The Unclassed eBook

This eBook from the Gutenberg Project consists of approximately 469 pages of information about The Unclassed.
was worthy of inspiring, and Waymark contrasted it with his own feelings on the previous day, and now since the calamity had fallen.  He had to confess that there was even an element of relief in the sensations the event had caused in him.  He had been saved from himself; a position of affairs which had become intolerable was got rid of without his own exertion.  Whatever might now happen, the old state of things would never be restored.  There was relief and pleasure in the thought of such a change, were it only for the sake of the opening up of new vistas of observation and experience.  Such thoughts as these indicated very strongly the course which Waymark’s development was taking, and he profited by them to obtain a clearer understanding of himself.

The proceedings in the court that morning were brief.  Waymark, from his seat on the public benches, saw Ida brought forward, and heard her remanded for a week.  She did not see him; seemed, indeed, to see nothing.  The aspect of her standing there in the dock, her head bowed under intolerable shame, made a tumult within him.  Blind anger and scorn against all who surrounded her were his first emotions; there was something of martyrdom in her position; she, essentially so good and noble, to be dragged here before these narrow-natured slaves of an ignoble social order, in all probability to be condemned to miserable torment by men who had no shadow of understanding of her character and her circumstances.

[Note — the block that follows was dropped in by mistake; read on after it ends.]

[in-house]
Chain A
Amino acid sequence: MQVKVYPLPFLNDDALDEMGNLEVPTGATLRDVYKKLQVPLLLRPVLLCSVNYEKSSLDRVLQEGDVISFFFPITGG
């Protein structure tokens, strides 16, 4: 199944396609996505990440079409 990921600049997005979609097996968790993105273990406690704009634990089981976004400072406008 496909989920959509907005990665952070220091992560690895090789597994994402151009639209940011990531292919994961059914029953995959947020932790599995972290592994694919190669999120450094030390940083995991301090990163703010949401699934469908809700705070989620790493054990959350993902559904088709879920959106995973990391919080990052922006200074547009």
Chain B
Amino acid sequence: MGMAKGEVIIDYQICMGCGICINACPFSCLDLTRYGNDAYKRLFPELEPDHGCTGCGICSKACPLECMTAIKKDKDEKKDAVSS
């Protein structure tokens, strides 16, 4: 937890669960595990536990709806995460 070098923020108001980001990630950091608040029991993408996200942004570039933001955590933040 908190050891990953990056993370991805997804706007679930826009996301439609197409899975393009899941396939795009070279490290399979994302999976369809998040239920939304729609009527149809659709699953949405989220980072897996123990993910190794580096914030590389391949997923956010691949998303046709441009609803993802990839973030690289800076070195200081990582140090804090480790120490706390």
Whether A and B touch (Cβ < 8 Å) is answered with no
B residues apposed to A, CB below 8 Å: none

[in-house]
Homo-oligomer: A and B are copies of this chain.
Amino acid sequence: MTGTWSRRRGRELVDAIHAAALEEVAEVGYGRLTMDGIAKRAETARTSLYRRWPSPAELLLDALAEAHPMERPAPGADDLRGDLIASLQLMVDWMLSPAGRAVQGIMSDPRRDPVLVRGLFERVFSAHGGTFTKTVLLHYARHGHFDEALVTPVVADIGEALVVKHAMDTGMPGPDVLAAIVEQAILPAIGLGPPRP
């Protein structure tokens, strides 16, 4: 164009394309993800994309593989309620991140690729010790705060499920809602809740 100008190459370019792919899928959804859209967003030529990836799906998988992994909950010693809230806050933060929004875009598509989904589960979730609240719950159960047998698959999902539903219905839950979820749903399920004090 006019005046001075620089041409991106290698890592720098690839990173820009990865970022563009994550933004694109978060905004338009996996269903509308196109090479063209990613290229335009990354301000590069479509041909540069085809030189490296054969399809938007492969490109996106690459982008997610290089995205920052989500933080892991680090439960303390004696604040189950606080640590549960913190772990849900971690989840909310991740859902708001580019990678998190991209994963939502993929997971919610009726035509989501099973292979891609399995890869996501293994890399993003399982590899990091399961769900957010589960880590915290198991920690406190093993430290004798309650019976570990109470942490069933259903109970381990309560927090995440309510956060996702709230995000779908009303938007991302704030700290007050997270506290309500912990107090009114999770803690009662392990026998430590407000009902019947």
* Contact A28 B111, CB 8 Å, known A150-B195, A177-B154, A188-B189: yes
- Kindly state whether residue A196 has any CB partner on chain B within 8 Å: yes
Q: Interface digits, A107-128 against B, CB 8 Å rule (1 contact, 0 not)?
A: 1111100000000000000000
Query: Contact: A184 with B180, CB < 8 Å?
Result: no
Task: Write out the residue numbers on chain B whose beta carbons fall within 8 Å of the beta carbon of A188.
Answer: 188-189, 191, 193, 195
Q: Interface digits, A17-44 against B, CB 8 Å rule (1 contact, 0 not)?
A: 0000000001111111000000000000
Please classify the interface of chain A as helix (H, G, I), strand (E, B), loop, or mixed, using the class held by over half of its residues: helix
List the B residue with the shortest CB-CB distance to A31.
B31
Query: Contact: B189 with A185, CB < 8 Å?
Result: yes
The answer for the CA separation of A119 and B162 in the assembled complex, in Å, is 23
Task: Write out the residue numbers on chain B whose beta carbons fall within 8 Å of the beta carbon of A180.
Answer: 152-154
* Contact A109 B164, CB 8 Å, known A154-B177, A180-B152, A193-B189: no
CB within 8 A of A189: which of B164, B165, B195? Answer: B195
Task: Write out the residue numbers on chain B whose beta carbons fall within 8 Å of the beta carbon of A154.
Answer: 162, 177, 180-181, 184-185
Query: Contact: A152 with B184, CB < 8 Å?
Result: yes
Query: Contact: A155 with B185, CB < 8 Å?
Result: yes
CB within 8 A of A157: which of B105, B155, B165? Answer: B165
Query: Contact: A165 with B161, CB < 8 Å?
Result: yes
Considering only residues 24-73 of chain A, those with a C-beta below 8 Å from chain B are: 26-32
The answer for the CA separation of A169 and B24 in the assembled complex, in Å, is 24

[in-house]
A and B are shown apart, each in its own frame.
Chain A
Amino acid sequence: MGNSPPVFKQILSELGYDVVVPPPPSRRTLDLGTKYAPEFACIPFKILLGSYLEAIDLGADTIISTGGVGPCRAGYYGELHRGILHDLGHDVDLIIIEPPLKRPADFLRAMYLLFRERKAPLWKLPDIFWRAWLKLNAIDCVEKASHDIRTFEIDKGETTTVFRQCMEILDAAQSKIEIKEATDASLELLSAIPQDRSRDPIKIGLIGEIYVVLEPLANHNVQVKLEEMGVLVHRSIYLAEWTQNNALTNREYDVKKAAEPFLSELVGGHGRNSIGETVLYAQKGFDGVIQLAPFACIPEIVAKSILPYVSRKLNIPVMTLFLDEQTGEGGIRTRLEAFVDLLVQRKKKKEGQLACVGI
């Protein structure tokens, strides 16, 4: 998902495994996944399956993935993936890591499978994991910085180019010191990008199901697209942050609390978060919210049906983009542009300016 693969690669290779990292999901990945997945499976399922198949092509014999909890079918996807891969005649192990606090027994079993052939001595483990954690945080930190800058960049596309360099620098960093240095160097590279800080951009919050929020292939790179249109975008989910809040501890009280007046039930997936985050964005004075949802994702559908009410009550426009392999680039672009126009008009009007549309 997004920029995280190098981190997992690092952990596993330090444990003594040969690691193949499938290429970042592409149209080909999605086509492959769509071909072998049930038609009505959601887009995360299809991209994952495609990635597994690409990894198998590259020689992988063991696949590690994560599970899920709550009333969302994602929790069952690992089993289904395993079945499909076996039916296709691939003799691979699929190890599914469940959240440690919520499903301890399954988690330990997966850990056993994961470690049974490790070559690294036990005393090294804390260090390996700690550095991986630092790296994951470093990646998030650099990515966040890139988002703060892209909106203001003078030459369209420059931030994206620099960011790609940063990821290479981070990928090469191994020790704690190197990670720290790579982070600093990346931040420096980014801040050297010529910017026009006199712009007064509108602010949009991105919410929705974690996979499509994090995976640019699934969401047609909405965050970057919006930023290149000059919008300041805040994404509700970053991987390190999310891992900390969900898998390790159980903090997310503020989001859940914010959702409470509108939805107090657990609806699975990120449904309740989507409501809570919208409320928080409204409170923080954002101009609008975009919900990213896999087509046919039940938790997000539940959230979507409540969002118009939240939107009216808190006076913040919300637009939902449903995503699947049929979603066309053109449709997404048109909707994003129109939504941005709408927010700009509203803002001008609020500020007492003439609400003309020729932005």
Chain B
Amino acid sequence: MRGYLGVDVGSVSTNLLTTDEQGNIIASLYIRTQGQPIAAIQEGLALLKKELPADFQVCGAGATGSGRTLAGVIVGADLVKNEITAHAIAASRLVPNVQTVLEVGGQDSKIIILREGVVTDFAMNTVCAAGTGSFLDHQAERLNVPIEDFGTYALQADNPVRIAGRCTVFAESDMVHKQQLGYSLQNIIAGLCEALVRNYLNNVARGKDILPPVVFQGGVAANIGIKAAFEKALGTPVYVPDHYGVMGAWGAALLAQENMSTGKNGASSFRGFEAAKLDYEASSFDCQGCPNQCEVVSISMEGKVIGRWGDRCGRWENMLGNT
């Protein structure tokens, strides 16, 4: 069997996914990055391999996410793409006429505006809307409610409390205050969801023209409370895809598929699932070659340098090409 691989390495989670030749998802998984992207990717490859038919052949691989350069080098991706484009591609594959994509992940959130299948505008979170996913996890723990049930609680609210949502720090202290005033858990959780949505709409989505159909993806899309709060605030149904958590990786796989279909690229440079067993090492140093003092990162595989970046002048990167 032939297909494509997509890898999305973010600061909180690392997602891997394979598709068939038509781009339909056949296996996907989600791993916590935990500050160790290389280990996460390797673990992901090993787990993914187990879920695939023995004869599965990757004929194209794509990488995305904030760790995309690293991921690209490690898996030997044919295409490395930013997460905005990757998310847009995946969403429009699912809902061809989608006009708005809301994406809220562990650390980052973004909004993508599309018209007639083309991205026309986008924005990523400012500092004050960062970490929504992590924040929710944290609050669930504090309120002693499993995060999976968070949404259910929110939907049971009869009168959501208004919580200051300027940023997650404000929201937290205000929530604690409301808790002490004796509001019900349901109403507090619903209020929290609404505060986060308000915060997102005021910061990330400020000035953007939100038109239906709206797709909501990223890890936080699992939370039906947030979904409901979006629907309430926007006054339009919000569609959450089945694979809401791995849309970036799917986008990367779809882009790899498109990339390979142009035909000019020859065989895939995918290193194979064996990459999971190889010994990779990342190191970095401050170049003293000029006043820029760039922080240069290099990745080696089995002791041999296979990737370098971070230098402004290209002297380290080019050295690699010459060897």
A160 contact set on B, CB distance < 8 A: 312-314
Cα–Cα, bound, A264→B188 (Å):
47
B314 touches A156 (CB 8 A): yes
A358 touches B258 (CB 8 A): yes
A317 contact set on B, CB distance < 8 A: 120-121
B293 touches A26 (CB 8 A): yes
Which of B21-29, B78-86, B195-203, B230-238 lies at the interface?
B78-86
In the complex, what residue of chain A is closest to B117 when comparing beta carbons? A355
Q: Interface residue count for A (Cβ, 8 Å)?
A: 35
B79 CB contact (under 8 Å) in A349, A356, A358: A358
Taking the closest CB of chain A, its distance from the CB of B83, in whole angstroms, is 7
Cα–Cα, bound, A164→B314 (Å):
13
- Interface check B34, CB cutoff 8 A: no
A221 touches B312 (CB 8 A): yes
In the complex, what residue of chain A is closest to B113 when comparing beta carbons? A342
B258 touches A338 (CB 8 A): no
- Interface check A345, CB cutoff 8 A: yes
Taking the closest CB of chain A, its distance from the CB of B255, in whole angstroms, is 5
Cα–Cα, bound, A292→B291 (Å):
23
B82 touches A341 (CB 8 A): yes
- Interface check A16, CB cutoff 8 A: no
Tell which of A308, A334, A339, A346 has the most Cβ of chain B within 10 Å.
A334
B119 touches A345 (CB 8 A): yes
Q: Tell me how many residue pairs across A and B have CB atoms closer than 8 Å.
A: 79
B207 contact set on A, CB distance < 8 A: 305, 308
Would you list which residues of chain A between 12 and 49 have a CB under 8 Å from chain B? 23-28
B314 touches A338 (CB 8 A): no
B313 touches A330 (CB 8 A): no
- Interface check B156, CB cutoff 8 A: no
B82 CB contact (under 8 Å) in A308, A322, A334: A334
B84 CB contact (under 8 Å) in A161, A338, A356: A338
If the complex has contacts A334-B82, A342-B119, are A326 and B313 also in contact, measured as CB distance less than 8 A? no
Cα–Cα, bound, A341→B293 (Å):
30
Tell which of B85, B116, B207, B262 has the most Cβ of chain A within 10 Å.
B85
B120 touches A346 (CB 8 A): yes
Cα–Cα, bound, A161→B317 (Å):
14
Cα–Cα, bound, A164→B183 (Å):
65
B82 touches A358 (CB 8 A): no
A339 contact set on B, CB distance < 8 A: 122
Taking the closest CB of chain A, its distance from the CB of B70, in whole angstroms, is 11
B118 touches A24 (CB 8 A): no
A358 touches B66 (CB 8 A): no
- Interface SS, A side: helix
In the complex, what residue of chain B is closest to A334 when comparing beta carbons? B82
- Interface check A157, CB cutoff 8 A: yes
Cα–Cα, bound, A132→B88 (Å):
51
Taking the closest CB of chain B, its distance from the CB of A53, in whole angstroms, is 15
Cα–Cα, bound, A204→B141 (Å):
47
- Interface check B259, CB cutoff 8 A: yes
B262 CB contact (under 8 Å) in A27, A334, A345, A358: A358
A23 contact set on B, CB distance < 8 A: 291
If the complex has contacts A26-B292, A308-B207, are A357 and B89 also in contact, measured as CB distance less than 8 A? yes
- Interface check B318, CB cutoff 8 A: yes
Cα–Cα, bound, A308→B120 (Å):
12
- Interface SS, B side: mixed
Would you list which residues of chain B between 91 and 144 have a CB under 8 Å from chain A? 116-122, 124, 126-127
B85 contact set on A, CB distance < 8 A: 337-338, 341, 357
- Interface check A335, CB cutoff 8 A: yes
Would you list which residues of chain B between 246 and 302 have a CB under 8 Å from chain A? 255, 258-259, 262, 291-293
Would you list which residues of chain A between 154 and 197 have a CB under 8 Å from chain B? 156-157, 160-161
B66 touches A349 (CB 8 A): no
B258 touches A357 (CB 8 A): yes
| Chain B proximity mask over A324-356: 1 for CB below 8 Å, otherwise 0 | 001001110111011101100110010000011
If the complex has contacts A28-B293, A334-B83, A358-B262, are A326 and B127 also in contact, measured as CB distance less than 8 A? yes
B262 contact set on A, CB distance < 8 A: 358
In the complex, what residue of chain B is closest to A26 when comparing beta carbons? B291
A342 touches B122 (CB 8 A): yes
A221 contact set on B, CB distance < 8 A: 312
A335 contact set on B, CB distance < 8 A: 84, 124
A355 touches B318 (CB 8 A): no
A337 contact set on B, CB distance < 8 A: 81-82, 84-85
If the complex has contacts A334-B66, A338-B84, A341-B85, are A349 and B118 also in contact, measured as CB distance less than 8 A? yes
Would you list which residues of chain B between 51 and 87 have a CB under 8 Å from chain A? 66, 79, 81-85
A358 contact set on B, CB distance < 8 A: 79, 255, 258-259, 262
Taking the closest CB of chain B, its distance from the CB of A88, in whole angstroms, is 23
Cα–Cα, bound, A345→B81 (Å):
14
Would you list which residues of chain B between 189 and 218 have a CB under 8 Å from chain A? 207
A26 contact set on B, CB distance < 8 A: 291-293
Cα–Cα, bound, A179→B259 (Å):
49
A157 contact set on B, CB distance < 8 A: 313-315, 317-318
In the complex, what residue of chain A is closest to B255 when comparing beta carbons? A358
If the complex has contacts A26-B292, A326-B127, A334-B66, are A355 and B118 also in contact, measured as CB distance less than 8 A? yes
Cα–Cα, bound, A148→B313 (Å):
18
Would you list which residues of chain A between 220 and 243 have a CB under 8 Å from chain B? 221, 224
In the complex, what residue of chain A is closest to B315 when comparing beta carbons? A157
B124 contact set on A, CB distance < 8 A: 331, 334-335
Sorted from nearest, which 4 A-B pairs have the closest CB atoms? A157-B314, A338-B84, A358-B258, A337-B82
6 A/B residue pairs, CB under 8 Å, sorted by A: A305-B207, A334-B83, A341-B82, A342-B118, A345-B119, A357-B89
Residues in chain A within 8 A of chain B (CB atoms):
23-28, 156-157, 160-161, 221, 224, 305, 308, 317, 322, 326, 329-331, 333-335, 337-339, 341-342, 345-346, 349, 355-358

Waymark was able, whilst in court, to make up his mind as to how he should act.  When he left he took his way northwards, having in view St. John Street Road, and Mr. Woodstock’s house.

When he had waited about half an hour, the old man appeared.  He gave his hand in silence.  Something seemed to be preoccupying him; he went to his chair in a mechanical way.

“I have come on rather serious business,” Waymark began.  “I want to ask your advice in a very disagreeable matter—­a criminal case, in fact.”

Abraham did not at once pay attention, but the last words presently had their effect, and he looked up with some surprise.

“What have you been up to?” he asked, with rather a grim smile, leaning back and thrusting his hands in his pockets in the usual way.

“It only concerns myself indirectly.  It’s all about a girl, who is charged with a theft she is perhaps quite innocent of.  If so, she is being made the victim of a conspiracy, or something of the kind.  She was remanded to-day at Westminster for a week.”

“A girl, eh?  And what’s your interest in the business?”

“Well, if you don’t mind I shall have to go a little into detail.  You are at liberty?”

“Go on.”

“She is a friend of mine.  No, I mean what I say; there is absolutely nothing else between us, and never has been.  I should like to know whether you are satisfied to believe that; much depends on it.”

“Age and appearance?”

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The Unclassed from Project Gutenberg. Public domain.
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